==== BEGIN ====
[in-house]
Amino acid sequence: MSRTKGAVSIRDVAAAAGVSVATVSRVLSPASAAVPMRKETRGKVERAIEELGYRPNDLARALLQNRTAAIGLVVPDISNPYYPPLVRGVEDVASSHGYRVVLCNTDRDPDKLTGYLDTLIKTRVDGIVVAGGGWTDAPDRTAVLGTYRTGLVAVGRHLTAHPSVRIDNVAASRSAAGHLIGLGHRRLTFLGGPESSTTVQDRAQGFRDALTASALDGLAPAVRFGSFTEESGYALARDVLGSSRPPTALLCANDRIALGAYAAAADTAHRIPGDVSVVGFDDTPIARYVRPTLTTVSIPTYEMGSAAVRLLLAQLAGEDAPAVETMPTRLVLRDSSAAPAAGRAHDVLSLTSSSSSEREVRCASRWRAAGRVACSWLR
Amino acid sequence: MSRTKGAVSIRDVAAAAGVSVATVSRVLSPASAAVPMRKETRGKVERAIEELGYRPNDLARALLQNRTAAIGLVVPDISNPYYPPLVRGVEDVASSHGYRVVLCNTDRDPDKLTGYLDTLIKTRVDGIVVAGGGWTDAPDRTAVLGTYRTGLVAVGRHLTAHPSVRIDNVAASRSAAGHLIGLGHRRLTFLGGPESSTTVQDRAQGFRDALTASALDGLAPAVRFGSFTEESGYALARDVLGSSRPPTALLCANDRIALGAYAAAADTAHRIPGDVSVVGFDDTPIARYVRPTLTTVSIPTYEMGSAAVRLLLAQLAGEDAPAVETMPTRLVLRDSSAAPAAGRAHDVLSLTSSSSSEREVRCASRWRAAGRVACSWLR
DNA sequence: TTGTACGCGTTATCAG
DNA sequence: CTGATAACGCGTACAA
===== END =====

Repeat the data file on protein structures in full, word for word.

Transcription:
[in-house]
Amino acid sequence: MSRTKGAVSIRDVAAAAGVSVATVSRVLSPASAAVPMRKETRGKVERAIEELGYRPNDLARALLQNRTAAIGLVVPDISNPYYPPLVRGVEDVASSHGYRVVLCNTDRDPDKLTGYLDTLIKTRVDGIVVAGGGWTDAPDRTAVLGTYRTGLVAVGRHLTAHPSVRIDNVAASRSAAGHLIGLGHRRLTFLGGPESSTTVQDRAQGFRDALTASALDGLAPAVRFGSFTEESGYALARDVLGSSRPPTALLCANDRIALGAYAAAADTAHRIPGDVSVVGFDDTPIARYVRPTLTTVSIPTYEMGSAAVRLLLAQLAGEDAPAVETMPTRLVLRDSSAAPAAGRAHDVLSLTSSSSSEREVRCASRWRAAGRVACSWLR
Amino acid sequence: MSRTKGAVSIRDVAAAAGVSVATVSRVLSPASAAVPMRKETRGKVERAIEELGYRPNDLARALLQNRTAAIGLVVPDISNPYYPPLVRGVEDVASSHGYRVVLCNTDRDPDKLTGYLDTLIKTRVDGIVVAGGGWTDAPDRTAVLGTYRTGLVAVGRHLTAHPSVRIDNVAASRSAAGHLIGLGHRRLTFLGGPESSTTVQDRAQGFRDALTASALDGLAPAVRFGSFTEESGYALARDVLGSSRPPTALLCANDRIALGAYAAAADTAHRIPGDVSVVGFDDTPIARYVRPTLTTVSIPTYEMGSAAVRLLLAQLAGEDAPAVETMPTRLVLRDSSAAPAAGRAHDVLSLTSSSSSEREVRCASRWRAAGRVACSWLR
DNA sequence: TTGTACGCGTTATCAG
DNA sequence: CTGATAACGCGTACAA